• Lee Y.
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      • Yu J.
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      Laparoscopic sleeve gastrectomy versus laparoscopic Roux-en-Y gastric bypass: a systematic review and meta-analysis of weight loss, comorbidities, and biochemical outcomes from randomized controlled trials.
      ] still includes the RCT by Ruiz-Tovar et al., which was retracted in March 2021 for scientific inconsistencies further reducing the number of available RCT patients. In a large retrospective cohort study, LRYGB was associated with greater weight loss, a slightly higher T2D remission rate, less T2D relapses, and better long-term glycemic control compared to LSG [
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      Comparing the 5-year diabetes outcomes of sleeve gastrectomy and gastric bypass: the national patient-centered clinical research network (PCORNet) bariatric study.
      ].
      In order to increase statistical precision, the 5-year individual patient data of 2 large RCTs (SLEEVEPASS and SM-BOSS) were merged and additional patient-level data for T2D were retrieved. In this merged data, although LRYGB induced greater weight loss and better amelioration of hypertension than LSG, there was no difference in T2D remission and there were more complications after LRYGB [
      • Wölnerhanssen B.K.
      • Peterli R.
      • Hurme S.
      • et al.
      Laparoscopic Roux-en-Y gastric bypass versus laparoscopic sleeve gastrectomy: 5-year outcomes of merged data from two randomized clinical trials (SLEEVEPASS and SM-BOSS).
      ].
      While the probability of T2D relapse increases with follow-up, it should not be considered a failure as the trajectory of the disease and the associated cardiometabolic risk factors change favorably after bariatric surgery [
      • Schauer P.R.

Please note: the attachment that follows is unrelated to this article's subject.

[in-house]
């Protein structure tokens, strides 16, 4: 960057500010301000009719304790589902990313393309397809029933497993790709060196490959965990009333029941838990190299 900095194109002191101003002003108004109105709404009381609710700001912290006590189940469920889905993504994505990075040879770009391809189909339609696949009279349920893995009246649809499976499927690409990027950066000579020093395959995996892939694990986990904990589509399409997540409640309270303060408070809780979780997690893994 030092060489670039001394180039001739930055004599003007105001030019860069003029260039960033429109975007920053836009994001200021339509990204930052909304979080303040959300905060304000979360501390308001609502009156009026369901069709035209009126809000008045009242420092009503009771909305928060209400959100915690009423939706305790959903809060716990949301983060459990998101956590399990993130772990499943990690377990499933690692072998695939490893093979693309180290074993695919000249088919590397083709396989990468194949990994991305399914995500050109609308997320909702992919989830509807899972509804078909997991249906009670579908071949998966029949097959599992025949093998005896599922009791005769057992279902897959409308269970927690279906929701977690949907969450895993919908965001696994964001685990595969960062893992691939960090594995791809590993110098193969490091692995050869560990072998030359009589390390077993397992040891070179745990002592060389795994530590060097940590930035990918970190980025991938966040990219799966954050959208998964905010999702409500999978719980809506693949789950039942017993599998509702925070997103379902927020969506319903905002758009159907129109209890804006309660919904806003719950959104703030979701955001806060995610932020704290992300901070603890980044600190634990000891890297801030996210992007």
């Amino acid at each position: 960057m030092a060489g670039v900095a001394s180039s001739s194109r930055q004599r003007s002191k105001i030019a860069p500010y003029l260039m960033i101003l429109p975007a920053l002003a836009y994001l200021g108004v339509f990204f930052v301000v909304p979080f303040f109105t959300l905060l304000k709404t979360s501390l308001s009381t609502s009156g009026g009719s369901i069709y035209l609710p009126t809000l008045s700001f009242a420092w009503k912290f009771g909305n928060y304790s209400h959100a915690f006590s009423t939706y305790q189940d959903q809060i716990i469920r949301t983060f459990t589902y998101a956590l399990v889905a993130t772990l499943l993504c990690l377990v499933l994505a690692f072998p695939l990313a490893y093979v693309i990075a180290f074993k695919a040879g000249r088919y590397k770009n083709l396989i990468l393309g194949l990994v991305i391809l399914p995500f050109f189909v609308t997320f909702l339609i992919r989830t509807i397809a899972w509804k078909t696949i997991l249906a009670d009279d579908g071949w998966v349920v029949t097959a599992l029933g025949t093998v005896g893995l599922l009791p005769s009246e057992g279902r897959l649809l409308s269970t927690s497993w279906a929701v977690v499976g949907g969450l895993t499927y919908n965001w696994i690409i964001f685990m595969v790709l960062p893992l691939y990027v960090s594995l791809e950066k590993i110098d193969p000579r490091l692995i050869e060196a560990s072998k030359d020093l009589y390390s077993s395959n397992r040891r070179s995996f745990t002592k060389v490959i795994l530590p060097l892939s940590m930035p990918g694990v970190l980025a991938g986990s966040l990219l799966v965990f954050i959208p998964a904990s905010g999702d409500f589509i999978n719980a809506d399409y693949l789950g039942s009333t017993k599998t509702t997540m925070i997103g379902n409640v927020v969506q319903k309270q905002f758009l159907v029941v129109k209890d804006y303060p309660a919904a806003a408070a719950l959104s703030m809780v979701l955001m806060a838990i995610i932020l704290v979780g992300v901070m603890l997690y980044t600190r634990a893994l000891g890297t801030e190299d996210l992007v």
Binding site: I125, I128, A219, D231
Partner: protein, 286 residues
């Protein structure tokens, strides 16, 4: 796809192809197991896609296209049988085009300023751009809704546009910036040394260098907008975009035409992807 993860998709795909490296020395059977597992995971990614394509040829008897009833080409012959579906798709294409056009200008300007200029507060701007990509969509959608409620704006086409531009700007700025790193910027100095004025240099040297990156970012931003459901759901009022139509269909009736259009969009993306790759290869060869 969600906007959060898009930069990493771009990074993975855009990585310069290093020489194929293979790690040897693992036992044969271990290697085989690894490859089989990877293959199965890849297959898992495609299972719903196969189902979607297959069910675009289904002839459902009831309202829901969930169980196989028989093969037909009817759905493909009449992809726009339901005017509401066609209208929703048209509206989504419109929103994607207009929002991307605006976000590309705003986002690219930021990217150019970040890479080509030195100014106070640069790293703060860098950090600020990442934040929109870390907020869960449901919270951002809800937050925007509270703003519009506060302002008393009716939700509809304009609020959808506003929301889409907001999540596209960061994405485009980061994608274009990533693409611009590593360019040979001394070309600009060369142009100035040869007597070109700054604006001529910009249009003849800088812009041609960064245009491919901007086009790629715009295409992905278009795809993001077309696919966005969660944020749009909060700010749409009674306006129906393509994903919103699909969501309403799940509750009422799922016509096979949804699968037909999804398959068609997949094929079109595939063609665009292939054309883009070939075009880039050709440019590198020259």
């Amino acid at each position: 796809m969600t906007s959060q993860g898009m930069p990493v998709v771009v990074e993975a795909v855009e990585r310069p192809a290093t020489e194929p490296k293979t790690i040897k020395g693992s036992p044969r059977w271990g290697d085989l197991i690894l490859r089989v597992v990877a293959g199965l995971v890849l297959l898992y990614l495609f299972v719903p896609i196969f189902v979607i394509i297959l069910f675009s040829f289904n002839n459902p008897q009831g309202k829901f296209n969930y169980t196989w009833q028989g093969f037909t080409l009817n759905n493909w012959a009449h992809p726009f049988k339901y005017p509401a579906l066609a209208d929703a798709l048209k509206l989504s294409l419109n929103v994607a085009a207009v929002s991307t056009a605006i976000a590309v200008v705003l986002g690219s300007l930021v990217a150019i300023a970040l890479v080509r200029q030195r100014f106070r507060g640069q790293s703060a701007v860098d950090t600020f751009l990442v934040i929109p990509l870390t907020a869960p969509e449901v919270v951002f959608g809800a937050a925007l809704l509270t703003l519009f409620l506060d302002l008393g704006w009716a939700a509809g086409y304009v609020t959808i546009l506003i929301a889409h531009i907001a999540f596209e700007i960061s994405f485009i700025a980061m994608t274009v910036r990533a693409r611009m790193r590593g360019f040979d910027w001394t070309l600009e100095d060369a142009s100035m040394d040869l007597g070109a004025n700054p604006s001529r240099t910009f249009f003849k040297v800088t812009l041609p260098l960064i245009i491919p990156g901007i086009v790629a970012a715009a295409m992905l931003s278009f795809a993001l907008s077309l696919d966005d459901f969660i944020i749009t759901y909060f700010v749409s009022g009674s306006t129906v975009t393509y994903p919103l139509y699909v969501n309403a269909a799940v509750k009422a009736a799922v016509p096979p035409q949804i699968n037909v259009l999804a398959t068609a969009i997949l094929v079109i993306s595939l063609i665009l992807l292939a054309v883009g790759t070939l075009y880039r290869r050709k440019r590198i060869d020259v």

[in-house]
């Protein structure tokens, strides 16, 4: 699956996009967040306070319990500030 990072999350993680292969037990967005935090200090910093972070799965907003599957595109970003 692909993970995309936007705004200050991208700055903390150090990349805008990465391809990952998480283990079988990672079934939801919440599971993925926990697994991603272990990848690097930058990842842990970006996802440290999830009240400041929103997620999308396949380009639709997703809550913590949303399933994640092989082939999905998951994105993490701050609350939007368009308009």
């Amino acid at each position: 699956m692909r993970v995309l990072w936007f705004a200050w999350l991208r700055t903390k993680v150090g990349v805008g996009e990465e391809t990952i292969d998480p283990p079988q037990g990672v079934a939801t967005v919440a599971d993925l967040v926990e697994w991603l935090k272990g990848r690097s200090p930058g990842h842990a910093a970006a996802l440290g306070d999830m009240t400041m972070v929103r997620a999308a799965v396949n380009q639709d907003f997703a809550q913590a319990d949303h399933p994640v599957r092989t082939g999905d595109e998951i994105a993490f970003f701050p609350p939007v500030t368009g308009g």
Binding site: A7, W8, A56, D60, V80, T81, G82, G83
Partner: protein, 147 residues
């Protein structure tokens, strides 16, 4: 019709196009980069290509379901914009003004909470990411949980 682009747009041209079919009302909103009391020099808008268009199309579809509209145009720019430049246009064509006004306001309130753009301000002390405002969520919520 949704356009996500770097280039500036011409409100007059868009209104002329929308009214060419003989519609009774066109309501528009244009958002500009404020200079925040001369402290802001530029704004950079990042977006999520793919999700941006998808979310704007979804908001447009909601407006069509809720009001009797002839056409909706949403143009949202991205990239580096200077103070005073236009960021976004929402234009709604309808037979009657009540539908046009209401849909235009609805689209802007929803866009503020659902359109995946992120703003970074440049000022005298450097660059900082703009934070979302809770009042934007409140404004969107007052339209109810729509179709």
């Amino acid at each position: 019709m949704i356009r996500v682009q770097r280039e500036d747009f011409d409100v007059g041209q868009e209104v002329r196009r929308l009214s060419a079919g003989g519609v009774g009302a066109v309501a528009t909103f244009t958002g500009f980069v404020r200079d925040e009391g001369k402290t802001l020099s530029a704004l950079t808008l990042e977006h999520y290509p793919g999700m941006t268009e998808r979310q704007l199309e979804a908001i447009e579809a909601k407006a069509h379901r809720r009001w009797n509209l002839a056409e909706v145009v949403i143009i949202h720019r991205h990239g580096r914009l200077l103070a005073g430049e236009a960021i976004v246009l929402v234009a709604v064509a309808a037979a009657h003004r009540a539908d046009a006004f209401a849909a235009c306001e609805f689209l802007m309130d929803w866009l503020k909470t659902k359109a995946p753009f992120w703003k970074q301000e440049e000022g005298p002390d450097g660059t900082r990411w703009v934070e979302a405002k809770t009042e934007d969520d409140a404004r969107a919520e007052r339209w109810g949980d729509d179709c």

• Bhatt D.L.
      • Kirwan J.P.
      • et al.
      Bariatric surgery versus intensive medical therapy for diabetes - 5-year outcomes.
      ,
      • Aminian A.
      • Vidal J.
      • Salminen P.
      • et al.
      Late relapse of diabetes after bariatric surgery: not rare, but not a failure.
      ]. Longer preoperative duration of T2D, patient age, preoperative insulin use, poor glycemic control, and the number of T2D medications at baseline are all associated with greater likelihood of T2D relapse [
      • Wölnerhanssen B.K.
      • Peterli R.
      • Hurme S.
      • et al.
      Laparoscopic Roux-en-Y gastric bypass versus laparoscopic sleeve gastrectomy: 5-year outcomes of merged data from two randomized clinical trials (SLEEVEPASS and SM-BOSS).
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      Long-term effects of sleeve gastrectomy and Roux-en-Y gastric bypass surgery on type 2 diabetes mellitus in morbidly obese subjects.
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      • et al.
      Can diabetes be surgically cured? Long-term metabolic effects of bariatric surgery in obese patients with type 2 diabetes mellitus.
      ,
      • Aminian A.
      • Brethauer S.A.
      • Andalib A.
      • et al.
      Can sleeve gastrectomy "cure" diabetes? Long-term metabolic effects of sleeve gastrectomy in patients with type 2 diabetes.
      ,
      • Sjöström L.
      • Peltonen M.
      • Jacobson P.
      • et al.
      Association of bariatric surgery with long-term remission of type 2 diabetes and with microvascular and macrovascular complications.
      ].
      Several scoring systems have been assessed as tools to facilitate optimal metabolic procedure choice for patients with severe obesity and T2D, and many of these scores have been validated and compared within a variety of patient cohorts [
      • Lee W.J.
      • Hur K.Y.
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      Predicting success of metabolic surgery: age, body mass index, C-peptide, and duration score.
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      Laparoscopic sleeve gastrectomy for type 2 diabetes mellitus: predicting the success by ABCD score.
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      Preoperative prediction of type 2 diabetes remission after Roux-en-Y gastric bypass surgery: a retrospective cohort study.
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      Individualized metabolic surgery score: procedure selection based on diabetes severity.
      ,
      • Aron-Wisnewsky J.
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      The advanced-DiaRem score improves prediction of diabetes remission 1 year post-Roux-en-Y gastric bypass.
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      • et al.
      Type 2 diabetes remission 2 years post Roux-en-Y gastric bypass and sleeve gastrectomy: the role of the weight loss and comparison of DiaRem and DiaBetter scores.
      ,
      • Fatima F.